City Manager Robert Layton says he hopes to choose a new police chief in early September.
The finalists are Joel Fitzgerald, police chief in Allentown, Pa., and Terri Moses, executive director of safety services for the Wichita school district. Gregory Stevens, assistant police chief in Lubbock, Texas, a third finalist, was promoted to police chief in Lubbock on Friday evening. His appointment still needs to be confirmed by the Lubbock City Council.
The Wichita police chief oversees the largest police department in the state, with 836 employees and a budget of almost $82 million.
A forum, where the public can meet the candidates and ask them questions, is scheduled for 6:30 to 9:30 p.m. Aug. 31 at Century II Convention Hall.
Here’s Layton’s description, sometimes paraphrased, of how he plans to choose the next chief.
1. How do you choose between finalists who have been described as terrific candidates?
That’s hard to answer, he said, because he doesn’t want to tip his hand. He doesn’t want the finalists to tailor their answers to what they think he wants to hear.
“Because I want to make sure these are authentic interviews, and I want to make sure I know who these candidates are.”
His nightmare would be to pick a chief and months later find out that he or she is not the person he thought they were.
2. How do you keep from going mad when so many people are giving you input? How do you please everyone?
It’s not easy, he said, but “what you need to do is listen to all the voices. I like to say the ‘usual and the unusual voices.’” He doesn’t want to discount anyone’s thoughts.
“At the end of the day, you just have to listen to the credible voices.” If someone has credible concerns about the candidate Layton chooses, he wants to make sure that the candidate addresses those issues with the community before and after the selection.
3. What if the mayor and council members don’t like your selection?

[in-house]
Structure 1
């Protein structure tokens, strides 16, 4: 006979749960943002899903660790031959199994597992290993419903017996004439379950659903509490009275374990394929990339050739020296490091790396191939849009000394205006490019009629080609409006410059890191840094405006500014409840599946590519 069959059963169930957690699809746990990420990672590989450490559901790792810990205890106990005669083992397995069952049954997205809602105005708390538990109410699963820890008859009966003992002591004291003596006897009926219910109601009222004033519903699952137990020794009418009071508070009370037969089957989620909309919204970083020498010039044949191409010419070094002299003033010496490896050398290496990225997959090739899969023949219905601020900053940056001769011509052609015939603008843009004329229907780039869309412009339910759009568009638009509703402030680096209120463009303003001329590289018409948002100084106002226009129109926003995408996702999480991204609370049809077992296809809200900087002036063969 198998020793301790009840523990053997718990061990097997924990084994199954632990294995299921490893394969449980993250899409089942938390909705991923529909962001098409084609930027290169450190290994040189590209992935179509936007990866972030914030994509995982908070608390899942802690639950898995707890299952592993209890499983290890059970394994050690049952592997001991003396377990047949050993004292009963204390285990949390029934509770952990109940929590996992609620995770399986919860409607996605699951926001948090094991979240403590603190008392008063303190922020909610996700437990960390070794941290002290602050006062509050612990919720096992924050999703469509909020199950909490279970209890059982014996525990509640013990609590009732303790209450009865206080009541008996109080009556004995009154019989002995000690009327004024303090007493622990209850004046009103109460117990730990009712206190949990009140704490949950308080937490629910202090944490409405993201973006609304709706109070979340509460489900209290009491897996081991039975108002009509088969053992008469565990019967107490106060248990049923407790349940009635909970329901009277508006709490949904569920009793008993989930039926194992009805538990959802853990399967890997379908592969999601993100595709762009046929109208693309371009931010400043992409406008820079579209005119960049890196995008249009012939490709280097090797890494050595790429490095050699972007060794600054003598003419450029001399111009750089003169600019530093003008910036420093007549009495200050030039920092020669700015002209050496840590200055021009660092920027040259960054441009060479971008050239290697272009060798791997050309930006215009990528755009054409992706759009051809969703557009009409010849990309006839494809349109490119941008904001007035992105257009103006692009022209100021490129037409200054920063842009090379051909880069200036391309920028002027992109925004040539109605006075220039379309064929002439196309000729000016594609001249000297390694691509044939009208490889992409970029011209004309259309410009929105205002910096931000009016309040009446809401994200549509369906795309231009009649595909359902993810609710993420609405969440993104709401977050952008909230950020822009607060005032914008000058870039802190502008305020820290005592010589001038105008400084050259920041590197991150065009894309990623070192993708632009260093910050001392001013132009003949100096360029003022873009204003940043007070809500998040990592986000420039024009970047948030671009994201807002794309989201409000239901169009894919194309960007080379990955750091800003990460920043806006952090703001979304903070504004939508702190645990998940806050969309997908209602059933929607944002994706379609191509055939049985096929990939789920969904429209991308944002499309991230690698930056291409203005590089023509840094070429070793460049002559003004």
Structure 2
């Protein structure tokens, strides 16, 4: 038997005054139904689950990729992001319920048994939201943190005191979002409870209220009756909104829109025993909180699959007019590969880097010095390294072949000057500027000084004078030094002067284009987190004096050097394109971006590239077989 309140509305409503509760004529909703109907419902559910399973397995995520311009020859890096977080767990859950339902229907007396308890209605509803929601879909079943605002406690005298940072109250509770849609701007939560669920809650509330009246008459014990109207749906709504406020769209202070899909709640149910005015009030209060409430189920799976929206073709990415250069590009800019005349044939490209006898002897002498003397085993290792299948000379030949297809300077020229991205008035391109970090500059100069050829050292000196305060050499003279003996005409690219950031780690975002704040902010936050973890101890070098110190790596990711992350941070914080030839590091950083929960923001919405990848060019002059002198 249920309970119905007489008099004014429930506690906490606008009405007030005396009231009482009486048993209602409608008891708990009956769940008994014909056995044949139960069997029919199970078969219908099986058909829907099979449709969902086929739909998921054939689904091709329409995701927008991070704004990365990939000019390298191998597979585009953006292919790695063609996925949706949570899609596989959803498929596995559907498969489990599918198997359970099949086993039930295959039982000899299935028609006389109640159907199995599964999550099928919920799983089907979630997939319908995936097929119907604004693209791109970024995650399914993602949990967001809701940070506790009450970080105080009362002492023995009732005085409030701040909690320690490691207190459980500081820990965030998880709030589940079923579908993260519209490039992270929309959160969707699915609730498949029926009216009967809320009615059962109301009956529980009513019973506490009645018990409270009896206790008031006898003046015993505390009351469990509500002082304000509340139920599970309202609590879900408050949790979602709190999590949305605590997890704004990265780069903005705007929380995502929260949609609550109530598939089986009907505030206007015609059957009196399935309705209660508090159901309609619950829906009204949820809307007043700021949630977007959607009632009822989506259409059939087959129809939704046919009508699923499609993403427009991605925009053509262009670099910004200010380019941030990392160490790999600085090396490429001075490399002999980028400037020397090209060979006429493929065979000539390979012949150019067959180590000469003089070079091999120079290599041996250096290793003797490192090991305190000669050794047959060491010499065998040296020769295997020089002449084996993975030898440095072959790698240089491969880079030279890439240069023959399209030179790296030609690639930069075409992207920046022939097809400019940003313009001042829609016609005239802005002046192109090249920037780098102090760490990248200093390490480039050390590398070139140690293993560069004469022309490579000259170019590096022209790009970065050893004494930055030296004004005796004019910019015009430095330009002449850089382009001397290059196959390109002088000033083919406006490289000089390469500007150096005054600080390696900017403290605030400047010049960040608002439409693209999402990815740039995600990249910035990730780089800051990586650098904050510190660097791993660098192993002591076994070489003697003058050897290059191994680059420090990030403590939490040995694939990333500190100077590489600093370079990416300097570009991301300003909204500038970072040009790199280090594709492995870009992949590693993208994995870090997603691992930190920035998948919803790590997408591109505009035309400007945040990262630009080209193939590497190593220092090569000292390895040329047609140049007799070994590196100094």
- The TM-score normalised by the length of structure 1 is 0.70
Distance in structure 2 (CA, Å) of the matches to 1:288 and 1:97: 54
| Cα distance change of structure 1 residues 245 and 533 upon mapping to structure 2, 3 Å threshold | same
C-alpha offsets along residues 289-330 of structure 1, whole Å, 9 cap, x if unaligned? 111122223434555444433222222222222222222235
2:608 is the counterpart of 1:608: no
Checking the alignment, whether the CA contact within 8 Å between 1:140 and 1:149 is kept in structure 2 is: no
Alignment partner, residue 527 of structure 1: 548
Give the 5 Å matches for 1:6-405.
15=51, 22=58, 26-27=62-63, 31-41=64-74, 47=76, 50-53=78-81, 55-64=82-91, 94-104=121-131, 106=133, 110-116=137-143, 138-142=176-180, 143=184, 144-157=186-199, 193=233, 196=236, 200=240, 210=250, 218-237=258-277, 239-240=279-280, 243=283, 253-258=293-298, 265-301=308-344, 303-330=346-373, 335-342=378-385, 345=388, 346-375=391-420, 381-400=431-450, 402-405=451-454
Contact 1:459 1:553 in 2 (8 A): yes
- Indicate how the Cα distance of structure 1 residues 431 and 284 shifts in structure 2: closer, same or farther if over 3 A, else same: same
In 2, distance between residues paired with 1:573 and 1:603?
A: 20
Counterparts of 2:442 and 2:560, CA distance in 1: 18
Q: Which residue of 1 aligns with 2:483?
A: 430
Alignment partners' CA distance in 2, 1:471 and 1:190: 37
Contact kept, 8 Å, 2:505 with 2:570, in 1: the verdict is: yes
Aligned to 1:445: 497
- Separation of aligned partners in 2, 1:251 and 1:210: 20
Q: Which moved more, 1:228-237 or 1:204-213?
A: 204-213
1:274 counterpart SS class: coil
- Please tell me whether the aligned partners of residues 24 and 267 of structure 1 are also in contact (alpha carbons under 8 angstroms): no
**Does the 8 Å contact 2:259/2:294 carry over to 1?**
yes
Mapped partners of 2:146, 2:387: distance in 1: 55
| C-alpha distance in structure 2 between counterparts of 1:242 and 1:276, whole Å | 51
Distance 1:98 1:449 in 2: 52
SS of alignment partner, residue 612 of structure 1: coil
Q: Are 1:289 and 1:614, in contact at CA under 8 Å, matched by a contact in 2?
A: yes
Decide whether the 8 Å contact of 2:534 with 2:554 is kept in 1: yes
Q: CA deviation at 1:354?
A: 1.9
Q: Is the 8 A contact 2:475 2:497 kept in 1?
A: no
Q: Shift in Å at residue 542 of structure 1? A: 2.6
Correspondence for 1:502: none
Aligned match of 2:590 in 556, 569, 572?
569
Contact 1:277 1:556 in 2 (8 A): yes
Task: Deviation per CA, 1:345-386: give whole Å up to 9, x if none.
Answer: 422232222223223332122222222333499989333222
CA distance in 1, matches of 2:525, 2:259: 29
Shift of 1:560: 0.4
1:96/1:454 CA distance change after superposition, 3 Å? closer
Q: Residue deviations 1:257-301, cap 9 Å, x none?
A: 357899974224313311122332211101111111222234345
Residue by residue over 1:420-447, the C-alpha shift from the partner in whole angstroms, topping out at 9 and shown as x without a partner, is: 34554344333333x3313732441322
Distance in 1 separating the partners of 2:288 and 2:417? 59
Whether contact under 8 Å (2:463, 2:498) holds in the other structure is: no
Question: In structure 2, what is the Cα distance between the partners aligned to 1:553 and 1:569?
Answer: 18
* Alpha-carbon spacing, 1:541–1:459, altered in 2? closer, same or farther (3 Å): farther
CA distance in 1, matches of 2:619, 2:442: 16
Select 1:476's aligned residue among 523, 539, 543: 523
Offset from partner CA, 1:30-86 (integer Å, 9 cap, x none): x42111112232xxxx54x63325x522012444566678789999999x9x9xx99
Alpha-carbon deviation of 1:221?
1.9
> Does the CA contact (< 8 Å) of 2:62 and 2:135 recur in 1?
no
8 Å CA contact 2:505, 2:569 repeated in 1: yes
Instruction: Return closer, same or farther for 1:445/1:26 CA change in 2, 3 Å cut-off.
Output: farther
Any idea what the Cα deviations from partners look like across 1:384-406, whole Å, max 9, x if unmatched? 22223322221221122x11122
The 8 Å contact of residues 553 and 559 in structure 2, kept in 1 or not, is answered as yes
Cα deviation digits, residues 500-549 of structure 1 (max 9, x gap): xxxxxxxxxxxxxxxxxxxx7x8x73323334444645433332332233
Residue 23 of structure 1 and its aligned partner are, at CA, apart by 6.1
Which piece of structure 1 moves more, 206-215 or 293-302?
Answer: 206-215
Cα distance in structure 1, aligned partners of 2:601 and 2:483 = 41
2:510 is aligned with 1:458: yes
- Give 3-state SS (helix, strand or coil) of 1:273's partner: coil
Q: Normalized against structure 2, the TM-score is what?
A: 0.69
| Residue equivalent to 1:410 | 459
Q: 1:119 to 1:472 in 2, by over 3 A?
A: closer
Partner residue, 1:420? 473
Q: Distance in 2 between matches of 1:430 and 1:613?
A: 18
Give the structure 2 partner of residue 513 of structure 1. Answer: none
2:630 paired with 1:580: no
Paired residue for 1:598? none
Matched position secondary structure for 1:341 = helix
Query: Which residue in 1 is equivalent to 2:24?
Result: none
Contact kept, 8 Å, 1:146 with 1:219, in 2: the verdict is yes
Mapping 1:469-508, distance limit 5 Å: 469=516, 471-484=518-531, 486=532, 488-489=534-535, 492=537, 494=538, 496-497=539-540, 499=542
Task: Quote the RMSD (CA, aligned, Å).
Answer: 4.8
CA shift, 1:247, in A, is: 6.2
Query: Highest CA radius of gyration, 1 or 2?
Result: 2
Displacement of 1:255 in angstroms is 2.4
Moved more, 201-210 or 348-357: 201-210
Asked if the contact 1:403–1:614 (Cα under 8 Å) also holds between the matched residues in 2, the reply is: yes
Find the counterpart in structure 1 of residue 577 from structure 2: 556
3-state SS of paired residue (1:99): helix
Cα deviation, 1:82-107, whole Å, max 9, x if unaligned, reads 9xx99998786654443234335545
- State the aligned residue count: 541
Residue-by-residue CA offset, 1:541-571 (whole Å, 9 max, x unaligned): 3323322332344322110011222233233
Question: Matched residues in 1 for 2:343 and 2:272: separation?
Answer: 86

The council has been supportive – “they trust my judgment.” They pay him to perform.
When he consults with them, he is asking for their priorities and making sure that those match the person he selects.
But the decision is his, and the council doesn’t vote on the police chief.
When he talks to the council, “I’m not saying, ‘Who do you think I should hire?’”
4. How do police use-of-force issues here and nationally affect your choice?
He has asked candidates their position on use of force and when it’s appropriate. It is a major national issue now.
“What I’m looking for is a discussion of their philosophy” – not their preconceived notion of what their answers should be. He wants a “thoughtful response” because use of force is so scrutinized now.
5. What are the top three things you want from the next police chief?
It’s really a longer list of traits, he said, based on an assessment done by Wichita State University to determine what people want from a police chief. The traits include: a commitment to working collaboratively with people inside and outside the Police Department; innovative, out-of-the-box thinking; knowledge of how policing is developing nationally; strong communication skills; exemplary leadership; inclusive decisions; being data-driven; use of strategic thinking and strategic planning.
The chief position is different from others because it is so visible and requires so much interaction with the public.
“First and foremost, we need to have a police chief who can articulate what policing is today, recognize all the forces that come to bear on public perception of the department.”
The chief has to be someone who can manage a department responsible not only for protecting the public every day but also for recognizing individual rights and keeping the public’s trust, he said.
6. What makes the job here similar to or different from other police chief jobs?
He thinks the Wichita job is attractive because the community has “overall pride” in what police here do. The public is “overall supportive” because it sees police as being effective and keeping people safe.
“Whoever comes in has that, and I don’t think you can say that about a lot of departments” in the nation’s larger cities, he said. Wichita is now the 48th or 49th largest.
City officials and police have held community meetings to show they are sensitive to use-of-force and racial-profiling issues and responsive to concerns. “So the new chief when they come in won’t have to start from scratch.”
Reach Tim Potter at 316-268-6684 or firstname.lastname@example.org.
Job: Police chief, Allentown, Pa., since December 2013
Previous experience: Police chief, Missouri City, Texas, from 2009-2013; commanding officer for a narcotics unit in Philadelphia, where he began his law enforcement career in 1992
Education: Bachelor’s degree, Villanova University; master’s degree, Eastern University; doctorate degree, Northcentral University
Job: Executive director of safety services for Wichita school district
Previous experience: Wichita police deputy chief from 1995 to 2013; with Wichita Police Department for 32 years
Education: Bachelor’s degree and master’s degree, Wichita State University
Job: Assistant police chief, Lubbock, Texas, since 2004. Appointed police chief Friday.
Previous experience: Has worked for Lubbock department since 1992. Retired intelligence officer with the U.S. Navy and also served as a sergeant in the U.S. Air Force.
Education: Bachelor’s degree, Wayland Baptist University; master’s degree from Texas Tech University